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It begs the question as to why MLS chose multiple home stadiums for the third phase of its 2020 regular season after going the bubble route for the MLS is back tournament in Orlando. It also raises the stakes — and the associated risks — for those in the NFL and college football still pushing forward without bubble protocols and at least some fans in the stands in several markets, including a proposed 22 per cent capacity at Arrowhead Stadium, home of the defending Super Bowl champion Kansas City Chiefs.
Bears of the week
Whenever a heritage league announces it will not award a championship for the first time in 101 years, it’s a losing proposition.
And that’s the bear market the Canadian Football League finds itself in after the somewhat surprising — and certainly disappointing — cancellation of its 2020 season. Just when it seemed like the CFL had all of the requisite pieces in place for a shortened schedule in the single-stadium hub city of Winnipeg — including an interest-free $30 million loan from the federal government — the league’s board of governors announced Tuesday that the government assistance did not materialize and without it, the CFL would not be playing games this year.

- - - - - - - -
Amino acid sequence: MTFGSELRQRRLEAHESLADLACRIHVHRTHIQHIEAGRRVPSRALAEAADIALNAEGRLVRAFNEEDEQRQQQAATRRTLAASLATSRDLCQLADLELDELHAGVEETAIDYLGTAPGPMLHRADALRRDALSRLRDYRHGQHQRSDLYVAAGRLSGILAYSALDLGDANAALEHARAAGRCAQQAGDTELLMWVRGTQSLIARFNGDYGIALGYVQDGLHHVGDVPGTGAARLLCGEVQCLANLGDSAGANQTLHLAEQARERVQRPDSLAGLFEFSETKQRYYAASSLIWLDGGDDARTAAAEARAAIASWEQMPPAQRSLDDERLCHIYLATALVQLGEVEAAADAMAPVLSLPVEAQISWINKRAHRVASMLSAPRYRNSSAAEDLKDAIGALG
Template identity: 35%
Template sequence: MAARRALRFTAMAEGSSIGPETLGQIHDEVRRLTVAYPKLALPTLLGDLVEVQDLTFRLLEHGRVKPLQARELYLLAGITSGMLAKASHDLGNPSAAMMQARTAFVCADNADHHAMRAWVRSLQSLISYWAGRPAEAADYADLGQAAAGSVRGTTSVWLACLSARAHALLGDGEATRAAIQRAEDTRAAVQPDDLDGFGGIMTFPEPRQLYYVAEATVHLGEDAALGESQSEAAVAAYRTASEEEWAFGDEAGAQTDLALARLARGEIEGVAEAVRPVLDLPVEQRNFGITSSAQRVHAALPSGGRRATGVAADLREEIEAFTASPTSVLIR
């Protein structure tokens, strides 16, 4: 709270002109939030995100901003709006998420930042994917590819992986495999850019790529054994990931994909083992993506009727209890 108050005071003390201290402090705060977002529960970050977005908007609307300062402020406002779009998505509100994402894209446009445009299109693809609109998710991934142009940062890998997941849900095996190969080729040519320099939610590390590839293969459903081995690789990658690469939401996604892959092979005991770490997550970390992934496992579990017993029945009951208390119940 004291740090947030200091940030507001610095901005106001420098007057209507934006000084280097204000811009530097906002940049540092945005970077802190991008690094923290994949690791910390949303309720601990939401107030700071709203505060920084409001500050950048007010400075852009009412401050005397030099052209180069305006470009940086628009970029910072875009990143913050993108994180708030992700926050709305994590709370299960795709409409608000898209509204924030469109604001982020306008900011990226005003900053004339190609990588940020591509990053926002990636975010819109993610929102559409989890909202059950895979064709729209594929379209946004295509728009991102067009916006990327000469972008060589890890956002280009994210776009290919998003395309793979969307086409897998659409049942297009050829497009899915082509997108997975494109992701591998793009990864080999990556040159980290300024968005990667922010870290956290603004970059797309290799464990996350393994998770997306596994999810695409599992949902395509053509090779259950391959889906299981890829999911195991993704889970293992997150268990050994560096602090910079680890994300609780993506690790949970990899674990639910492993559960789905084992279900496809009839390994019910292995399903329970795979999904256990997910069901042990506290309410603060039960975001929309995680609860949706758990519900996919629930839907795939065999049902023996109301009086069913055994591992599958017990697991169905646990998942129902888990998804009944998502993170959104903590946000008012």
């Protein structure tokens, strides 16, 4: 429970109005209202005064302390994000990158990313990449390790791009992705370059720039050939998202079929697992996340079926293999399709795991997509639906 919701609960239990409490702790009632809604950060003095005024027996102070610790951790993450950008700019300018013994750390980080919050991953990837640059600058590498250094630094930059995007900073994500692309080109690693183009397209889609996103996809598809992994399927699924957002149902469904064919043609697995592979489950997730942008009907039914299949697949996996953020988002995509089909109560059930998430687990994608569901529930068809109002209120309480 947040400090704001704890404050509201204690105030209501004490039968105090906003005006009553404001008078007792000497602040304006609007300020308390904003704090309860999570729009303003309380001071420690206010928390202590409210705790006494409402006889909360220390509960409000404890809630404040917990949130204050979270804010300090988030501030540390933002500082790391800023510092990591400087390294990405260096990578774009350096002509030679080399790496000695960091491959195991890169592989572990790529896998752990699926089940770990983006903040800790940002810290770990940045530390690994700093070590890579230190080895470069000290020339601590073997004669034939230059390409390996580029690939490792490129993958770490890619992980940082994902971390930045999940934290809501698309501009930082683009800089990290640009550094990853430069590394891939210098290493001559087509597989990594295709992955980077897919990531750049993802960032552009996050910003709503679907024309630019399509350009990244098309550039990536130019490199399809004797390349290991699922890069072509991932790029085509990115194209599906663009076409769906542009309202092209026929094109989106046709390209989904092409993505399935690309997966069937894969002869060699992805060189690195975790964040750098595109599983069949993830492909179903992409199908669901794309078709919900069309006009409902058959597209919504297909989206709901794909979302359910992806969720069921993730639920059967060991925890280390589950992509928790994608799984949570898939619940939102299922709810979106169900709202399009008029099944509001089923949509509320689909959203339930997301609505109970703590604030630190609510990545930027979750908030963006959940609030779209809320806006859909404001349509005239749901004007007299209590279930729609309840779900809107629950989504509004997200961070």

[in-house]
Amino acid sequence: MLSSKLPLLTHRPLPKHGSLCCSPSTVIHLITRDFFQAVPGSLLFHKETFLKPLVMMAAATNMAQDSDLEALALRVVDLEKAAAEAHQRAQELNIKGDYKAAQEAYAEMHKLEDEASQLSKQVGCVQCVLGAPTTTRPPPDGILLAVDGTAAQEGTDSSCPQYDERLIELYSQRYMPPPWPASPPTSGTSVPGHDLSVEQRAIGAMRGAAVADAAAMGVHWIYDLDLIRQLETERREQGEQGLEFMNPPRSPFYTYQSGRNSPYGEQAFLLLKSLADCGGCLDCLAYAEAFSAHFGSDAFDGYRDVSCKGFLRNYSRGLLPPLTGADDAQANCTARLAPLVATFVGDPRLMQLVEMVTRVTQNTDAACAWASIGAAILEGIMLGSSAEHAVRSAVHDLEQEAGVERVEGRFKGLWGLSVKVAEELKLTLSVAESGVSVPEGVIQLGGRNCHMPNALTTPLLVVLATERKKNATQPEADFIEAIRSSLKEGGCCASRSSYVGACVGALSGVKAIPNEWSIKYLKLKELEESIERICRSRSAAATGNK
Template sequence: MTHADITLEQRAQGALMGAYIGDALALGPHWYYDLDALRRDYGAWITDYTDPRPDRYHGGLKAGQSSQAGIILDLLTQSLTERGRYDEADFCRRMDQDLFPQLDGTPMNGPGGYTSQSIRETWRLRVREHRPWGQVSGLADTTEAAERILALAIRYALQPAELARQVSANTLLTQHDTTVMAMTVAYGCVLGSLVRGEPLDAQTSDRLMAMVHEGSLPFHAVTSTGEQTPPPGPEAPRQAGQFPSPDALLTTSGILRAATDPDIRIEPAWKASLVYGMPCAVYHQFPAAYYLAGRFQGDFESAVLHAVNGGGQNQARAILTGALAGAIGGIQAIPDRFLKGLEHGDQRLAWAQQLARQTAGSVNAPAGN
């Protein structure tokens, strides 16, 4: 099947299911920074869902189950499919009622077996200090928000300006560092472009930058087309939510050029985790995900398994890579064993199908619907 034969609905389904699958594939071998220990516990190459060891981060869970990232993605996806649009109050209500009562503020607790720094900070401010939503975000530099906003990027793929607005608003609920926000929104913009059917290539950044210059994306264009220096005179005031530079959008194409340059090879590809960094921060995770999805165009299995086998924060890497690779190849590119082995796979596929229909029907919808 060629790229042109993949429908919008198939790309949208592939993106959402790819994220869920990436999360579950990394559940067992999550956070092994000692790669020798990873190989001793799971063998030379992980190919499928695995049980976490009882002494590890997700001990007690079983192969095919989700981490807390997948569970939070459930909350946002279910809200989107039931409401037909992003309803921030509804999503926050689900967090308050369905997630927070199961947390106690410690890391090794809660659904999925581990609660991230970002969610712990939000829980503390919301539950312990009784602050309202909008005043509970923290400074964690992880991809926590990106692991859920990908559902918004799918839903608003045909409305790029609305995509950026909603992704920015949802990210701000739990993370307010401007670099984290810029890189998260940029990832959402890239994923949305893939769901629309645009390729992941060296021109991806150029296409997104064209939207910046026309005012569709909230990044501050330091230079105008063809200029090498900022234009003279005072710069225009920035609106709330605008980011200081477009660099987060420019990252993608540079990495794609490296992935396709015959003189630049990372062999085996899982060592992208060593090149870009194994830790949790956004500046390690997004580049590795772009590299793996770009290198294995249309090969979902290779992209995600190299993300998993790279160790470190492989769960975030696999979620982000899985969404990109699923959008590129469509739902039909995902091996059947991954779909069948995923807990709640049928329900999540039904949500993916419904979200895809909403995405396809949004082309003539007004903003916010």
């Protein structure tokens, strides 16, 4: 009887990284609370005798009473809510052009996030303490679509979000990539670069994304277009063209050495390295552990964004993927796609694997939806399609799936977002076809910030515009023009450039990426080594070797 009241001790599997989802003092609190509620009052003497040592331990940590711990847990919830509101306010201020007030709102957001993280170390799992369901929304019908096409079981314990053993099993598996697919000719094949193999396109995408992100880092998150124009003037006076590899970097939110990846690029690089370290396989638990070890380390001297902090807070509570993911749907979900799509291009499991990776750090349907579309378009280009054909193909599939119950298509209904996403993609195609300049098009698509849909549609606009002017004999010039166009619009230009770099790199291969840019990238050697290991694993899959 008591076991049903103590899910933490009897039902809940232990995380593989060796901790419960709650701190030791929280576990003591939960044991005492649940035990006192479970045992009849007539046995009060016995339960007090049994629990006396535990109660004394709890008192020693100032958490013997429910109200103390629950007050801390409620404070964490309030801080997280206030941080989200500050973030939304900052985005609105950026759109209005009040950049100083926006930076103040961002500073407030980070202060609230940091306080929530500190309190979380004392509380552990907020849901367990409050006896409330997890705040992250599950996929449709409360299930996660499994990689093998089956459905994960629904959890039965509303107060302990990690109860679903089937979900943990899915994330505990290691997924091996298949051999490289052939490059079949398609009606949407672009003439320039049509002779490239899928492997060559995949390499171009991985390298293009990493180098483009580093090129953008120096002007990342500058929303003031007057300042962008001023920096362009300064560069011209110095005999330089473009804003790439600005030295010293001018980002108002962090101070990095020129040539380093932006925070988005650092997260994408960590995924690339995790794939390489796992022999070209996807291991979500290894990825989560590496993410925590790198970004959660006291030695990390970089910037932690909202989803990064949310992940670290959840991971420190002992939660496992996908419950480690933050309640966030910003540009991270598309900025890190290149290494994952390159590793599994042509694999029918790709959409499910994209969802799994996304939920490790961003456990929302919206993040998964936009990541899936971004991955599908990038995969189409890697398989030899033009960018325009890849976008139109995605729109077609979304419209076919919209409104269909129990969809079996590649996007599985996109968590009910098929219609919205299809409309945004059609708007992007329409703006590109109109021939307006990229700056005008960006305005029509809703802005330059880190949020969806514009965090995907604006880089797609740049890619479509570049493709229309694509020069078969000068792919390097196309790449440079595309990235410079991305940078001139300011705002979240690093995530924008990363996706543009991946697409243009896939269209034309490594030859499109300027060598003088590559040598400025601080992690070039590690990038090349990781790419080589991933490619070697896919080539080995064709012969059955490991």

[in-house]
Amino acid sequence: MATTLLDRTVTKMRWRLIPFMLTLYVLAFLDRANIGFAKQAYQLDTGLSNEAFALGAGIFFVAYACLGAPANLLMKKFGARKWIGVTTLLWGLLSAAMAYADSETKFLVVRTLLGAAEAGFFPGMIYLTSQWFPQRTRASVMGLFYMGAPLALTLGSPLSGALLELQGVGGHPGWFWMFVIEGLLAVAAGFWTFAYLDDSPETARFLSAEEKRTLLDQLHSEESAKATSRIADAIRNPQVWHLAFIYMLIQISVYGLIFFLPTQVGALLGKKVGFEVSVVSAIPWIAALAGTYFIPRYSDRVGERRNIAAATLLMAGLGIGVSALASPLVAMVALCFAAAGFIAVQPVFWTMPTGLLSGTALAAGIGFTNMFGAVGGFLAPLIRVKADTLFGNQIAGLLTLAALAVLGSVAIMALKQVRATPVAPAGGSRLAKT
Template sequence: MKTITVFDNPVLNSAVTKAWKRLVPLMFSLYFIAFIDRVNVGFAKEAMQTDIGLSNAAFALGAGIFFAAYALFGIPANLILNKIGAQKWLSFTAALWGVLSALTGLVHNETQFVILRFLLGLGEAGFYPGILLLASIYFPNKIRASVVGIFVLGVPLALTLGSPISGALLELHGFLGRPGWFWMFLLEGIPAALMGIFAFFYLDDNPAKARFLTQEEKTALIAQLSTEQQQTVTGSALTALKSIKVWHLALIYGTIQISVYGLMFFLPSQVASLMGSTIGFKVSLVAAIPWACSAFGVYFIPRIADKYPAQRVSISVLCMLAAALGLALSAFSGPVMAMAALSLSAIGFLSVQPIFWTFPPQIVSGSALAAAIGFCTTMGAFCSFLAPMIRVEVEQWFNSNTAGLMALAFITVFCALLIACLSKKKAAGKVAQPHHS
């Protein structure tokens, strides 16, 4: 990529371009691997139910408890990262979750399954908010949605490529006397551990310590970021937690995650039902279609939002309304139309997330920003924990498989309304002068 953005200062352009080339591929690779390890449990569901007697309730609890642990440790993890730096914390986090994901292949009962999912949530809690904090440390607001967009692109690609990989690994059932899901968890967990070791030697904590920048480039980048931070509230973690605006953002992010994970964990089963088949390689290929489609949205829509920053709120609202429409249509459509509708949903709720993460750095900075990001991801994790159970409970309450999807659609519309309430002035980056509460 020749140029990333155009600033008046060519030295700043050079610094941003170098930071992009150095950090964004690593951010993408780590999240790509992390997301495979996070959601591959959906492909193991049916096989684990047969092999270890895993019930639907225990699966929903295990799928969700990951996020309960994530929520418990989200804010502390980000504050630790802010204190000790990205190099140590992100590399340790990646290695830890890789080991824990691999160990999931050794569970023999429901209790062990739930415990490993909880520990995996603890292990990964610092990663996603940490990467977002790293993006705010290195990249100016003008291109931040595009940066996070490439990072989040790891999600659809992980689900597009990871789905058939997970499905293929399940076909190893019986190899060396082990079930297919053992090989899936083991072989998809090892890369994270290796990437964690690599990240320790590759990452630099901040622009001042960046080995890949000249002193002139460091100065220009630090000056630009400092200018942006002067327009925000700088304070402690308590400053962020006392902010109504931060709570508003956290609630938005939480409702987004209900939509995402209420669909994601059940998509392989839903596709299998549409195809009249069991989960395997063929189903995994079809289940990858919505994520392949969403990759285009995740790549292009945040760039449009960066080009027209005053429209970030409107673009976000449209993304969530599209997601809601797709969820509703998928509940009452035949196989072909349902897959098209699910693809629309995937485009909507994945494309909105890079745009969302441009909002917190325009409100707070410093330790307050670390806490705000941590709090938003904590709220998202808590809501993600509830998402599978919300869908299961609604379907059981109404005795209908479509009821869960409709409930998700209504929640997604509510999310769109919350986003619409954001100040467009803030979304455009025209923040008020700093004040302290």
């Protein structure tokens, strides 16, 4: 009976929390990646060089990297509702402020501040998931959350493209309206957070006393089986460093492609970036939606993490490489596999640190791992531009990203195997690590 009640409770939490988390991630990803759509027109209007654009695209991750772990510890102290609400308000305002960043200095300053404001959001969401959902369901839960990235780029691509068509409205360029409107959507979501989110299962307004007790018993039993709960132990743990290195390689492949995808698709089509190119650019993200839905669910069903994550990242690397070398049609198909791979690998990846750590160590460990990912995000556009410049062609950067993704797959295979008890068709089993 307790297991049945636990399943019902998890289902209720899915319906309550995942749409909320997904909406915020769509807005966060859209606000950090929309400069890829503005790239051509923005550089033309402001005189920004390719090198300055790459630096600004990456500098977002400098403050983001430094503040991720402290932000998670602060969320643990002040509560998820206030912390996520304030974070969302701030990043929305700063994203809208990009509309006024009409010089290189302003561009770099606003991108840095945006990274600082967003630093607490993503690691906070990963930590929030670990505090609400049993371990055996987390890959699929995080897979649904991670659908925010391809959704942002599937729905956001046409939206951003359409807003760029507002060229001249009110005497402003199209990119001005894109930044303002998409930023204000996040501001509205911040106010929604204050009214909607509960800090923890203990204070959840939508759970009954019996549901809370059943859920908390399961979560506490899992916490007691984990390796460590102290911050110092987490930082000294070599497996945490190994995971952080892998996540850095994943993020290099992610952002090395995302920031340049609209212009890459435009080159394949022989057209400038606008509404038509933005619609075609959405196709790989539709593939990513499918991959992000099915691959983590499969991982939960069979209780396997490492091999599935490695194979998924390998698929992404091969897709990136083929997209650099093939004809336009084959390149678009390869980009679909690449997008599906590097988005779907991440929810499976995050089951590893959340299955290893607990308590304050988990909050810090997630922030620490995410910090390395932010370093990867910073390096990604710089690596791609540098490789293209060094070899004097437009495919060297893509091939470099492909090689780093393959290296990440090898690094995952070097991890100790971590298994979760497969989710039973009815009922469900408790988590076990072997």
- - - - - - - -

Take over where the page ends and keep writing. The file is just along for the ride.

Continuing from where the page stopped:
It was a jarring end to five months of contingency planning, negotiations and general uncertainty, especially for league and team employees, including the more than 450 players in the CFL. It laid bare how gate-driven the CFL business model remains to this day. It also clearly exposed three different tiers to the nine member franchises: the three bullish community-owned clubs in Regina, Winnipeg and Edmonton; the three privately-owned urban teams in Montreal, Toronto and Vancouver; and three in the middle (Calgary, Hamilton and Ottawa).